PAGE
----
Ethics & Public Policy Center

Elise Stefanik Could Be Just What the GOP Needs

Published in The Washington Post on May 6, 2021


Rep. Elise Stefanik (N.Y.) seems tapped to succeed Rep. Liz Cheney (Wyo.) as the third-ranking member of House Republican leadership. Despite misgivings among more conservative members of the party, Stefanik could be just the type of new leader the GOP needs.

For many Americans, Stefanik first emerged into view as one of President Donald Trump’s staunchest defenders during the House impeachment hearings in 2019. Her questions were smart and, more politically important, her demeanor was unyielding. This earned her the enmity of progressives who funneled more than $5 million to the campaign of her 2020 Democratic opponent, Tedra Cobb. Stefanik’s national presence allowed her to raise more than twice as much, which — combined with the rural, blue-collar district’s pro-Trump lean — allowed her to thrash Cobb by nearly 18 points. Trump’s public endorsement of her to replace Cheney will merely confirm to some observers that Stefanik is merely another loud Trump acolyte.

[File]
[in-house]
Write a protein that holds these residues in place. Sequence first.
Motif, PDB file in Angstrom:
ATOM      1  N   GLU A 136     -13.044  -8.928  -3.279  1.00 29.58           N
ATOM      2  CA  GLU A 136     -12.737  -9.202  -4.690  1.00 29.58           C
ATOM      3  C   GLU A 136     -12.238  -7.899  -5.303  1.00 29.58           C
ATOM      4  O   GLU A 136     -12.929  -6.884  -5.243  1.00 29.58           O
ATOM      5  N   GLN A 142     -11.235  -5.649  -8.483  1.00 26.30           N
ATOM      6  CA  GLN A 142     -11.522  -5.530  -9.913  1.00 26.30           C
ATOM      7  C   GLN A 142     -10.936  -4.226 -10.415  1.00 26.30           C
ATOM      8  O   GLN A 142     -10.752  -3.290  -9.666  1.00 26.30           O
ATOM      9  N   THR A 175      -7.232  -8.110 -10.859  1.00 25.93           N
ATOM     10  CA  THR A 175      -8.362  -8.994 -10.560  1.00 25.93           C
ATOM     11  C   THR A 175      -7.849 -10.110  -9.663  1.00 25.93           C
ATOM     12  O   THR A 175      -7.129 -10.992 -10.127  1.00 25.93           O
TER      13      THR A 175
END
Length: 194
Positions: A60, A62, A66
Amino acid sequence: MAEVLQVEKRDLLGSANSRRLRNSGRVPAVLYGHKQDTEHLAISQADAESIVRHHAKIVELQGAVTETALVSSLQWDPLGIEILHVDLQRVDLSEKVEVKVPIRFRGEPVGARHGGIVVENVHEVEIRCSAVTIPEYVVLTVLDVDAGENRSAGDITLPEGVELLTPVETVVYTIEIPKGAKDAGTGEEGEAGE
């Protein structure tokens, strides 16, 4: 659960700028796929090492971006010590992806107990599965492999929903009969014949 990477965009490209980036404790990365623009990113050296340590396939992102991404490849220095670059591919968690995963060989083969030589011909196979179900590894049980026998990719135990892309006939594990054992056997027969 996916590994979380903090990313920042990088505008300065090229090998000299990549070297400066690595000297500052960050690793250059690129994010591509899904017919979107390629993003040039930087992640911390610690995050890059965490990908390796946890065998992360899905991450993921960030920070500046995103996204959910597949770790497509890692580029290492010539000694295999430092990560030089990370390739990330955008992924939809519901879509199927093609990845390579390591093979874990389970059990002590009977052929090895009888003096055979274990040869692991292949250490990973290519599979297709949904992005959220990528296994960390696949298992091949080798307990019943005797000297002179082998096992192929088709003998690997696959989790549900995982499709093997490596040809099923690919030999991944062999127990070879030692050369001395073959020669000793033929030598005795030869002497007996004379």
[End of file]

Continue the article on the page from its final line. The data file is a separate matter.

Nothing could be further from the truth. Stefanik is an unusually canny and precocious politician. She served in the George W. Bush administration in her early 20s and stayed on in Washington to work for Republican campaigns and conservative organizations. She went home to upstate New York in 2013 and prepared to challenge incumbent Democratic Rep. Bill Owens. Owens decided not to run again, and Stefanik swept to victory by 21 points in a district that President Barack Obama had won by 6 percentage points just two years earlier. At a mere 30 years of age, Stefanik was then the youngest woman ever elected to the House.

Click here to read the rest of the piece on the Washington Post’s website.

Henry Olsen is a Washington Post columnist and a senior fellow at the Ethics and Public Policy Center.

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